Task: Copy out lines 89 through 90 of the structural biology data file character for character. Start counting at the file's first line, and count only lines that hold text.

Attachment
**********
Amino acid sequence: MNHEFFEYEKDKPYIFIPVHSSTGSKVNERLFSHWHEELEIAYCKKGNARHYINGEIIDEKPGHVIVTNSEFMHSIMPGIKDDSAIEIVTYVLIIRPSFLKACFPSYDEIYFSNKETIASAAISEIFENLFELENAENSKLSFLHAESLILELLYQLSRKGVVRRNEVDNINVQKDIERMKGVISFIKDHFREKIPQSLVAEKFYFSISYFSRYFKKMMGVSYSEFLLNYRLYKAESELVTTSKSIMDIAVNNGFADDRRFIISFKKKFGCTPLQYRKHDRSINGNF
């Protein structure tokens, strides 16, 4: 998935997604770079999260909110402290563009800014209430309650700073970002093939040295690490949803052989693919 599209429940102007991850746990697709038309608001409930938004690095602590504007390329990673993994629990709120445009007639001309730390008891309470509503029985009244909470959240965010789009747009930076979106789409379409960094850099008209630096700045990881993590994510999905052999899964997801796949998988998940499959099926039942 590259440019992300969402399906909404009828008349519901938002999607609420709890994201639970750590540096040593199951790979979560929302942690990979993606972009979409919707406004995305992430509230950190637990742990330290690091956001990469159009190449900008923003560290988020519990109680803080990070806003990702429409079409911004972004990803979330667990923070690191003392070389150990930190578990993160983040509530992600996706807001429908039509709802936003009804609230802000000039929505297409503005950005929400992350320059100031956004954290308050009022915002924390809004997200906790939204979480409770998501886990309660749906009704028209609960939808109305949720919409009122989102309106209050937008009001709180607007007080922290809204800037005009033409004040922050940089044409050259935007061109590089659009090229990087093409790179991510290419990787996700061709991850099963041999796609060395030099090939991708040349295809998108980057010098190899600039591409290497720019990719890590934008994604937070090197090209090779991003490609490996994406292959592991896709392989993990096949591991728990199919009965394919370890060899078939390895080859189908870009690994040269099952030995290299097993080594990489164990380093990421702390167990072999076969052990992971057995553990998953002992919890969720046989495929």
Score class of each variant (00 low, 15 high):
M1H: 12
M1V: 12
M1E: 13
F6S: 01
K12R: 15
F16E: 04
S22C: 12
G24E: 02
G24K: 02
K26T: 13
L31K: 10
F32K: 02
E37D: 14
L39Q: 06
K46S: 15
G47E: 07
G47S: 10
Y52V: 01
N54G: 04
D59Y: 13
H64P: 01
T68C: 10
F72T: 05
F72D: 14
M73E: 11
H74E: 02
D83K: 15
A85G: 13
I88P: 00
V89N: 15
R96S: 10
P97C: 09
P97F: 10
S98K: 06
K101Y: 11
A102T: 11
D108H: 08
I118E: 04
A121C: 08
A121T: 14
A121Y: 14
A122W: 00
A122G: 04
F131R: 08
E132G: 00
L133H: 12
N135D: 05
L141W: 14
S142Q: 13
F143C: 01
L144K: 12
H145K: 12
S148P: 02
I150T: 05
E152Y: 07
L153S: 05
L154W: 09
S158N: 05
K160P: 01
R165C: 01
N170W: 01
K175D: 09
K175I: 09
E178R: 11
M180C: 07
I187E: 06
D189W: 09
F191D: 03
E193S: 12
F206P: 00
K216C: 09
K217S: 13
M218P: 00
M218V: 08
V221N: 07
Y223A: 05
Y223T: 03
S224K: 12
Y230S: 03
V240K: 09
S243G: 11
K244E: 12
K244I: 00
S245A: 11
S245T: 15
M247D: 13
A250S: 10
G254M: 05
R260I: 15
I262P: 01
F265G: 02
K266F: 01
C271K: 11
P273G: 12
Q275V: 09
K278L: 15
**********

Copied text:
M247D: 13
A250S: 10